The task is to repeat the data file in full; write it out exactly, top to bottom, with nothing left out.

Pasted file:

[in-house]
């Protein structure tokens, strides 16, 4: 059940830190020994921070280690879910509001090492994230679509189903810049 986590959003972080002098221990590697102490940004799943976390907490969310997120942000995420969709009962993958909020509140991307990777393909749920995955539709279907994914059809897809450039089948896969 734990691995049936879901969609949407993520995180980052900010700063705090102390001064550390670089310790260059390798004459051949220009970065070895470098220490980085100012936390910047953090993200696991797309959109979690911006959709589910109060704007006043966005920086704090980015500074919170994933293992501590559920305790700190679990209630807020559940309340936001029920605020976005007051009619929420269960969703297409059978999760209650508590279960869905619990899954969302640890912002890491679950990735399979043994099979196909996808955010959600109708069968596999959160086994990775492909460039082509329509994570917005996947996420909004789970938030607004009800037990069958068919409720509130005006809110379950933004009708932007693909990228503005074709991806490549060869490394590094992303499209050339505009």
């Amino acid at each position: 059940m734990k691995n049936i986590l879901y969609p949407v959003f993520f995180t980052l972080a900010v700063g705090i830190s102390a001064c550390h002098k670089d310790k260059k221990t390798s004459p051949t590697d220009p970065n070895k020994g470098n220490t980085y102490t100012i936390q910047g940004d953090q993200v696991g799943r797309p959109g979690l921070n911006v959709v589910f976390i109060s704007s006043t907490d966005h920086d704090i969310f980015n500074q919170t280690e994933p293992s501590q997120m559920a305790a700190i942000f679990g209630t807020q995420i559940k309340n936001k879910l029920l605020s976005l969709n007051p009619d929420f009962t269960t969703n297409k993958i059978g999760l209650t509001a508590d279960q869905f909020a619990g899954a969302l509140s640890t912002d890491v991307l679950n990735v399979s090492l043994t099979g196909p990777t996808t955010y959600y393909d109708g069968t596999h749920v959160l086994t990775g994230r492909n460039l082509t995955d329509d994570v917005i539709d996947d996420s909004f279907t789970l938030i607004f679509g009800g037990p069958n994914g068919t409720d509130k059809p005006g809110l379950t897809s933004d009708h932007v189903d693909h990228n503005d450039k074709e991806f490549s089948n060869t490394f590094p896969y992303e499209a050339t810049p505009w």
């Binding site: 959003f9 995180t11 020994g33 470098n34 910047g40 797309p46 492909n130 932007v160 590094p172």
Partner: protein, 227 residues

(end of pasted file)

[in-house]
């Protein structure tokens, strides 16, 4: 059940830190020994921070280690879910509001090492994230679509189903810049 986590959003972080002098221990590697102490940004799943976390907490969310997120942000995420969709009962993958909020509140991307990777393909749920995955539709279907994914059809897809450039089948896969 734990691995049936879901969609949407993520995180980052900010700063705090102390001064550390670089310790260059390798004459051949220009970065070895470098220490980085100012936390910047953090993200696991797309959109979690911006959709589910109060704007006043966005920086704090980015500074919170994933293992501590559920305790700190679990209630807020559940309340936001029920605020976005007051009619929420269960969703297409059978999760209650508590279960869905619990899954969302640890912002890491679950990735399979043994099979196909996808955010959600109708069968596999959160086994990775492909460039082509329509994570917005996947996420909004789970938030607004009800037990069958068919409720509130005006809110379950933004009708932007693909990228503005074709991806490549060869490394590094992303499209050339505009």
């Amino acid at each position: 059940m734990k691995n049936i986590l879901y969609p949407v959003f993520f995180t980052l972080a900010v700063g705090i830190s102390a001064c550390h002098k670089d310790k260059k221990t390798s004459p051949t590697d220009p970065n070895k020994g470098n220490t980085y102490t100012i936390q910047g940004d953090q993200v696991g799943r797309p959109g979690l921070n911006v959709v589910f976390i109060s704007s006043t907490d966005h920086d704090i969310f980015n500074q919170t280690e994933p293992s501590q997120m559920a305790a700190i942000f679990g209630t807020q995420i559940k309340n936001k879910l029920l605020s976005l969709n007051p009619d929420f009962t269960t969703n297409k993958i059978g999760l209650t509001a508590d279960q869905f909020a619990g899954a969302l509140s640890t912002d890491v991307l679950n990735v399979s090492l043994t099979g196909p990777t996808t955010y959600y393909d109708g069968t596999h749920v959160l086994t990775g994230r492909n460039l082509t995955d329509d994570v917005i539709d996947d996420s909004f279907t789970l938030i607004f679509g009800g037990p069958n994914g068919t409720d509130k059809p005006g809110l379950t897809s933004d009708h932007v189903d693909h990228n503005d450039k074709e991806f490549s089948n060869t490394f590094p896969y992303e499209a050339t810049p505009w």
């Binding site: 959003f9 995180t11 020994g33 470098n34 910047g40 797309p46 492909n130 932007v160 590094p172």
Partner: protein, 227 residues